Policy lessons in growth
Historically, much policy interest in social enterprises has focused on the start-up of new businesses in order to address the problems of unemployment and exclusion. Employee buyouts by worker co-operatives have also been a vehicle for avoiding the closure of businesses when their owners retire with no successor – in such cases it is the employees who stand to realise the greatest benefit from staving off redundancy, and owners often prefer to see their businesses continue in safe and practiced hands. More recently, social enterprise have been seen as a solution for public services which are under stress from rising demand coinciding with reduced budgets imposed by fiscal austerity. In such circumstances social enterprise is seen as way of introducing entrepreneurial attitudes and innovative service delivery methods. New social enterprises can thus come into being as new starts, through the takeover or conversion of existing businesses or spin-outs from the public sector.
Social enterprises employ more people than private firms on average, and have also proved more resilient to downsizing in the current economic crisis. Their growth and development is thus a matter of public interest as well as in the interest of the enterprises and their members. However their growth dynamics have some specific features. While some employ thousands of people, in general social enterprises prefer to stay at the human scale, and to grow through replication, that is by spawning new sister enterprises to exploit new business opportunities. The fact that they are generally organised into networks that share values, operating methods and information assists this process.
Public policy to boost the growth of social enterprises should thus support those networks, consortia and support organisations which perform this organising function. A number of governments have seen the advantage of forming strategic partnerships with the representative bodies of the social enterprise sector, through which they can jointly promote growth. Such partnerships offer an effective channel for two-way communication of priorities and constraints which greatly increases the take-up of government policies and programmes.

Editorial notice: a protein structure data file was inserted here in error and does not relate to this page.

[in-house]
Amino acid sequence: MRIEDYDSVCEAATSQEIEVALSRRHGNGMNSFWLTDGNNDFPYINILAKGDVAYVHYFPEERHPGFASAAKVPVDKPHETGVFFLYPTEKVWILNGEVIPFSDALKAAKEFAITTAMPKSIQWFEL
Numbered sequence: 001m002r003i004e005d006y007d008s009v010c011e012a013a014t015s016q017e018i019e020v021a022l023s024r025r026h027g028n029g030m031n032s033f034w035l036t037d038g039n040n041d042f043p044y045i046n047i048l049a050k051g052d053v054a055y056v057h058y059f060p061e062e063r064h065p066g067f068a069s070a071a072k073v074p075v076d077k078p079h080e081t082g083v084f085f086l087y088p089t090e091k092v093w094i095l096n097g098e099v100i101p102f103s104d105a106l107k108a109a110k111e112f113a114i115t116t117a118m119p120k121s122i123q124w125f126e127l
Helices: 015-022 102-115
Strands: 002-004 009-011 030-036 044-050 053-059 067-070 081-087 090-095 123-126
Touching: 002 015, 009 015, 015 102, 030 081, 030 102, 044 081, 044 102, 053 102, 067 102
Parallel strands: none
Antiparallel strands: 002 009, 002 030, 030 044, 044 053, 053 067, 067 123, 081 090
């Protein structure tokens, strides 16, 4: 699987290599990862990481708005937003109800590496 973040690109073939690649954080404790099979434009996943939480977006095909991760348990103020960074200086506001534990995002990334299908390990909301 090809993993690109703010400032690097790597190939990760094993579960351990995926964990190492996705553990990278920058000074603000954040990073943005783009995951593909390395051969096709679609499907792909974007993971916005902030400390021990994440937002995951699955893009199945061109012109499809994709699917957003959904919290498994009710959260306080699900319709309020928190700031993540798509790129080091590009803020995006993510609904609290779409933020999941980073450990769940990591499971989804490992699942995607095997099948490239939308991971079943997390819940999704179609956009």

Building some of the skills needed for growth – for instance marketing, financial management, exporting and information technology – can be done through relatively conventional training. Similarly, support for investments in premises, plant and machinery can be assessed using generic business criteria. Other competences, such as leadership skills, are best acquired through sector-specific training institutions such as social economy schools and academies, which can give more scope to peer learning and mentoring by experienced practitioners.
Because of their value base and roots in citizen movements, social enterprises have long worked with public authorities to deliver high-quality social services, but there is considerable scope for increasing the share of public spending which goes to social enterprises. The 2014 revision of the EU’s public procurement directive emphasises the possibilities that public authorities have to kill two birds with one stone by selecting contractors on the basic of the social benefits they create, and the UK’s 2012 Social Value Act goes a step further in this direction. To maximise the outcomes of this opportunity, governments need to transpose the new broader purchasing methods into national law, and public authorities generally should support training for procurement officials and capacity-building for social enterprises. This capacity concerns not only skills, but the achievement of efficiencies of scale through the formation of consortia. Private companies also need to be made aware of the win-win possibilities of cooperating with social enterprises
Social franchising and consortia
Consortia are secondary co-operatives which can represent their members in bidding for large contracts, and then organise delivery by dividing the workload among their constituent co-operatives. They are one good way of expanding markets for social enterprises, and social franchising is another. This is a technique through which an existing successful business is used as the model for new sister businesses in other locations. Is above all a process of the transfer of know-how and values. Public support is very valuable for this process, particularly in the intermediate stage of codifying the success factors of the original business and providing an operating manual and quality standards.